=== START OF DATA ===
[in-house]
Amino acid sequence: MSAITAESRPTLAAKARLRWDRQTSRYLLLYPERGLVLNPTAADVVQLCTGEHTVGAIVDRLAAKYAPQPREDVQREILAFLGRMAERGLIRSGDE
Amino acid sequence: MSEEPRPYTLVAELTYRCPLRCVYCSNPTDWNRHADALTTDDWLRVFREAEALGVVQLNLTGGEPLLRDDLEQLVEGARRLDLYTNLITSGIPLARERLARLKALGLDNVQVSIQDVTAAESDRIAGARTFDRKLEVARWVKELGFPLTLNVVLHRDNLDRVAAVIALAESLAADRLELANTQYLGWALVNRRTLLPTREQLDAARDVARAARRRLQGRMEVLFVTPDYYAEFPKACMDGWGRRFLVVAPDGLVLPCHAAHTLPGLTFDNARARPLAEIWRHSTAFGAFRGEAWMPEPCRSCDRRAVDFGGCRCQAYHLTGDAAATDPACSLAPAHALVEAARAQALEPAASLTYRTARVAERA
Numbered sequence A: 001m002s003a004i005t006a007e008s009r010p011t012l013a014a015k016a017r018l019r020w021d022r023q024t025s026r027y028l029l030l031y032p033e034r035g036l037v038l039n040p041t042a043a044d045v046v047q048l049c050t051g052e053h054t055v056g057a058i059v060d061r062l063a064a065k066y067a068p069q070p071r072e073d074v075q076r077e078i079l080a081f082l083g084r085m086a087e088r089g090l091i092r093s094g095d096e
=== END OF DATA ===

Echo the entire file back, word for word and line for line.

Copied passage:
[in-house]
Amino acid sequence: MSAITAESRPTLAAKARLRWDRQTSRYLLLYPERGLVLNPTAADVVQLCTGEHTVGAIVDRLAAKYAPQPREDVQREILAFLGRMAERGLIRSGDE
Amino acid sequence: MSEEPRPYTLVAELTYRCPLRCVYCSNPTDWNRHADALTTDDWLRVFREAEALGVVQLNLTGGEPLLRDDLEQLVEGARRLDLYTNLITSGIPLARERLARLKALGLDNVQVSIQDVTAAESDRIAGARTFDRKLEVARWVKELGFPLTLNVVLHRDNLDRVAAVIALAESLAADRLELANTQYLGWALVNRRTLLPTREQLDAARDVARAARRRLQGRMEVLFVTPDYYAEFPKACMDGWGRRFLVVAPDGLVLPCHAAHTLPGLTFDNARARPLAEIWRHSTAFGAFRGEAWMPEPCRSCDRRAVDFGGCRCQAYHLTGDAAATDPACSLAPAHALVEAARAQALEPAASLTYRTARVAERA
Numbered sequence A: 001m002s003a004i005t006a007e008s009r010p011t012l013a014a015k016a017r018l019r020w021d022r023q024t025s026r027y028l029l030l031y032p033e034r035g036l037v038l039n040p041t042a043a044d045v046v047q048l049c050t051g052e053h054t055v056g057a058i059v060d061r062l063a064a065k066y067a068p069q070p071r072e073d074v075q076r077e078i079l080a081f082l083g084r085m086a087e088r089g090l091i092r093s094g095d096e